Everyone wants a “green” planted wall
June 2nd, 2009
Green walls are the hot, new, must-have landscape design element. The Europeans were the first to figure out how to engineer large-scale planted walls, inspiring some innovative American designers to follow with their own twist. From my research, most are here on the West Coast, natch.
My friend Flora Grubb in San Francisco has received quite a bit of press for her avant-garde planted wall tapestries that incorporate everything from succulents to air plants (Tillandsias).
And recently, the Los Angeles Times featured green wall designs using edibles (by Go Green Gardeners’ Anne Phillips) and California native plants + succulents embedded with LED lighting (by L.A. artist Michel Horvat).
HOW DID THIS TREND GET STARTED?
Garden writers have been describing “vertical elements” in the landscape for years. Traditionally, this idea involved arbors, trellises, fences and other structures upon which vines and climbing plants are trained. An explosion of interest in “green” planted roofs – including here in Los Angeles – followed. Pamela Berstler and Marliee Kuhlmann, two cool LA designers, create planted succulent “sky-scapes” for their clients’ garden roofs. I’ve seen, touched, and admired their work – and I can tell you, a lush, foliage-strewn roof is a lot more snazzy (and eco-smart) than tile, composite or tar!
But privately, some designers have confided to me their concern about liability issues involved in engineering green roofs. Even when I wrote on this topic for the Los Angeles Times in 2007, the experts I quoted cautioned that roof structures should be designed with load-bearing supports to manage soil/planting medium, handling moisture, and just the sheer weight of plants.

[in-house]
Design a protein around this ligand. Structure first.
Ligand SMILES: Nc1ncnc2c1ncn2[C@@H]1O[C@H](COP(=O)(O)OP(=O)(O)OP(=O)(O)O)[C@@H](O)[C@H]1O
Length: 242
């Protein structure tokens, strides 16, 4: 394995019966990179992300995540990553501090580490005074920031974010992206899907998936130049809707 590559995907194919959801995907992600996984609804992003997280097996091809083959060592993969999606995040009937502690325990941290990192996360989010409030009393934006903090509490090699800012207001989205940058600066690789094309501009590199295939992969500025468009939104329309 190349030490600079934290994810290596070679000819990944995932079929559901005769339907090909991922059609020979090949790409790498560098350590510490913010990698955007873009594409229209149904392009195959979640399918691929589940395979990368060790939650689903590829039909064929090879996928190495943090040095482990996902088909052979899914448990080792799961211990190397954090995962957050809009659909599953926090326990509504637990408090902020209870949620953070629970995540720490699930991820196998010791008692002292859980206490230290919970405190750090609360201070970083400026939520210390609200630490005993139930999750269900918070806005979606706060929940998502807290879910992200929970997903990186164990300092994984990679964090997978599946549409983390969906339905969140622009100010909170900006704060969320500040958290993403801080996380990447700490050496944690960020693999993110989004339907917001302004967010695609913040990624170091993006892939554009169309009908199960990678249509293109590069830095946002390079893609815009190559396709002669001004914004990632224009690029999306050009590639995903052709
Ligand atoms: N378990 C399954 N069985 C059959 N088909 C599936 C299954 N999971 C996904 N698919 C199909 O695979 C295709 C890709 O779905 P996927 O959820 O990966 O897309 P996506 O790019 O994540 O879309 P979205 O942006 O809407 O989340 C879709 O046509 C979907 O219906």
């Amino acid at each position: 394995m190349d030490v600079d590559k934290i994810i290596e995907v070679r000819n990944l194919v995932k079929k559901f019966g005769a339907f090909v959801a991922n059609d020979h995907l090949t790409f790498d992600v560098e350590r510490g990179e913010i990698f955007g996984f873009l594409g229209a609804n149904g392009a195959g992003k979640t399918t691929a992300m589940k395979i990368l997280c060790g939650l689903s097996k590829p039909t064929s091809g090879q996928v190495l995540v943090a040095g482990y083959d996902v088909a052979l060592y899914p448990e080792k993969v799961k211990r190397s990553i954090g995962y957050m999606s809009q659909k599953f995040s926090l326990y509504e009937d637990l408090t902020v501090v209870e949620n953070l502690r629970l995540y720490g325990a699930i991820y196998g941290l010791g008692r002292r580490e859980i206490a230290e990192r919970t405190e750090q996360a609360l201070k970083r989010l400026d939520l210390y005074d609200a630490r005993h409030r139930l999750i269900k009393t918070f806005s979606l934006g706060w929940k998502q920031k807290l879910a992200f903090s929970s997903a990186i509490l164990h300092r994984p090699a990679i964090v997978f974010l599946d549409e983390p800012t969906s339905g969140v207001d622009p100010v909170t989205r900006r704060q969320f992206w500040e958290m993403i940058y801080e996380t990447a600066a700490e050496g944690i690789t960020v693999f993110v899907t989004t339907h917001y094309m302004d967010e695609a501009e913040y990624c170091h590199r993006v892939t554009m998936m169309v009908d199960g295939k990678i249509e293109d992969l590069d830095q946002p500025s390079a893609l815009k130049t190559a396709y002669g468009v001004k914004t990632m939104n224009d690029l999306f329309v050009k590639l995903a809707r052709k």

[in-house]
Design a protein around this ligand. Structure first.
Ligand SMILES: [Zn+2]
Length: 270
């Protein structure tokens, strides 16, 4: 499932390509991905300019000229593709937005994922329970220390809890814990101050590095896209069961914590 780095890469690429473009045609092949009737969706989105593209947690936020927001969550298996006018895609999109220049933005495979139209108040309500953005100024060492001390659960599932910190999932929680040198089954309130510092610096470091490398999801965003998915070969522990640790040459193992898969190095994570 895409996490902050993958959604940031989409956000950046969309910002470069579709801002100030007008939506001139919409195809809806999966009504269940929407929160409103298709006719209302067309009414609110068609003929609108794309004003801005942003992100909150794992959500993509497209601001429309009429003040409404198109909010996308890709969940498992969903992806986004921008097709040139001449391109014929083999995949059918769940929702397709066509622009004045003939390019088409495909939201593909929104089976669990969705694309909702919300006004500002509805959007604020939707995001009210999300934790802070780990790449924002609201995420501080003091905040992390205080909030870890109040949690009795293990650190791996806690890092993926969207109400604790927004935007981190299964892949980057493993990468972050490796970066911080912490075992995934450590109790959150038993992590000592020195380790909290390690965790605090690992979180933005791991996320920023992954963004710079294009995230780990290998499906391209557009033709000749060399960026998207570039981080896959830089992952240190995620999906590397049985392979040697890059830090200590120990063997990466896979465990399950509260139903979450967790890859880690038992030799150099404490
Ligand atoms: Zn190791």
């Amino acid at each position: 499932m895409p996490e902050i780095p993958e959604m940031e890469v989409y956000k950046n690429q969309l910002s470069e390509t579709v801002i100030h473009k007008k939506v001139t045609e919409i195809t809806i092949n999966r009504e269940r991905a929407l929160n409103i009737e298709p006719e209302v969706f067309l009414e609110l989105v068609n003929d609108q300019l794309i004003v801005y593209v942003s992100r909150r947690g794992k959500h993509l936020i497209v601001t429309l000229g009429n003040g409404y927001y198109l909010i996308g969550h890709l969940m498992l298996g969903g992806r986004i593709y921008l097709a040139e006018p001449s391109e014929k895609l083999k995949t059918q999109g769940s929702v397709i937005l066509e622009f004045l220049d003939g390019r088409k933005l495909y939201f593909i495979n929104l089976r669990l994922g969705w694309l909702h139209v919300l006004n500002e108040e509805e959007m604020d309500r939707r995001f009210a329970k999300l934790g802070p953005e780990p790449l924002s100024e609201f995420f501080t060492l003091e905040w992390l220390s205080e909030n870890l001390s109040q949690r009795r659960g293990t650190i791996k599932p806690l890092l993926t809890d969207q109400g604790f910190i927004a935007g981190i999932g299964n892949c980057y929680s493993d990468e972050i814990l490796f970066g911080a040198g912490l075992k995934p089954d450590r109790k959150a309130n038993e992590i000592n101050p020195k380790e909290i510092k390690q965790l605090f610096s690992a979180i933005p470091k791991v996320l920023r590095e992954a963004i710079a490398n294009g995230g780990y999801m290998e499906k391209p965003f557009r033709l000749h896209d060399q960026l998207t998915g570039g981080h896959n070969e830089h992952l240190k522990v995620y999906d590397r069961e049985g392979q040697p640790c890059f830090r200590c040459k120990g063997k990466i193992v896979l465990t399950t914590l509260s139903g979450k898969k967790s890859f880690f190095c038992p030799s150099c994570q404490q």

So, it’s only natural that the planted wall is the next installment of “plants-as-architecture” – a trend that seems more achievable than a green roof. I love seeing how designers are “going vertical” with a planted foliage palette.
THE WALL AS A PLANTING CANVAS
One of my favorite designers, Seattle-based Carina Langstraat (who runs Langstraat-Wood Landscape Architecture & Design with her landscape architect partner Erik Wood), has recently engineered a 4-foot by 5-foot green wall prototype at her Ballard studio. She shared with me photos and tips on how she created the system. It’s exciting to think about the possibilities, whether you’re willing to play around with this concept on your own or if you want to hire a professional.
Carina began investigating living wall designs after seeing some cool ideas at the Northwest Flower & Garden Show this past February. “They couldn’t have been prettier, but I was frustrated because they were only displays,” Carina told me when we spoke by phone last week. She actually saw some of the dismantled green panels after the flower show, returned to a wholesale nursery that supplied the plants. Those designs were far from sustainable, though. Some of the plants didn’t adapt well to the wall environment (think vertical, shallow planting space, limited nutrients and moisture — all the variables that make a wall design challenging).